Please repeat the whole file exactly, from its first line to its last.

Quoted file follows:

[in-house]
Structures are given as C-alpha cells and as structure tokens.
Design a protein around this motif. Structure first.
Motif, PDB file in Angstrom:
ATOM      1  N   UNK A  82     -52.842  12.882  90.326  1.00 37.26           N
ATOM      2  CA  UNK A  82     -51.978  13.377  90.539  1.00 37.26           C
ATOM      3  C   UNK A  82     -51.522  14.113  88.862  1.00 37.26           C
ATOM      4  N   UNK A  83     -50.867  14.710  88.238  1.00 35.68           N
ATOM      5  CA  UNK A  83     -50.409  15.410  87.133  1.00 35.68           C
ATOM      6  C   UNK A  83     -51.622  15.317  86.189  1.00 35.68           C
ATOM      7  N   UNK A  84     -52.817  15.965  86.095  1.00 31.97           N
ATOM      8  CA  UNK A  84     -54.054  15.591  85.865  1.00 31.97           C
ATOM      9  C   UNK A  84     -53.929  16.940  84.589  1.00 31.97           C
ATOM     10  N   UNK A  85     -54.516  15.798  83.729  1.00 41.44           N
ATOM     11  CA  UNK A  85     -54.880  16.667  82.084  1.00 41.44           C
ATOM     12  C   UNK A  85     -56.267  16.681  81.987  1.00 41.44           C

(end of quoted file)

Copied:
[in-house]
Structures are given as C-alpha cells and as structure tokens.
Design a protein around this motif. Structure first.
Motif, PDB file in Angstrom:
ATOM      1  N   UNK A  82     -52.842  12.882  90.326  1.00 37.26           N
ATOM      2  CA  UNK A  82     -51.978  13.377  90.539  1.00 37.26           C
ATOM      3  C   UNK A  82     -51.522  14.113  88.862  1.00 37.26           C
ATOM      4  N   UNK A  83     -50.867  14.710  88.238  1.00 35.68           N
ATOM      5  CA  UNK A  83     -50.409  15.410  87.133  1.00 35.68           C
ATOM      6  C   UNK A  83     -51.622  15.317  86.189  1.00 35.68           C
ATOM      7  N   UNK A  84     -52.817  15.965  86.095  1.00 31.97           N
ATOM      8  CA  UNK A  84     -54.054  15.591  85.865  1.00 31.97           C
ATOM      9  C   UNK A  84     -53.929  16.940  84.589  1.00 31.97           C
ATOM     10  N   UNK A  85     -54.516  15.798  83.729  1.00 41.44           N
ATOM     11  CA  UNK A  85     -54.880  16.667  82.084  1.00 41.44           C
ATOM     12  C   UNK A  85     -56.267  16.681  81.987  1.00 41.44           C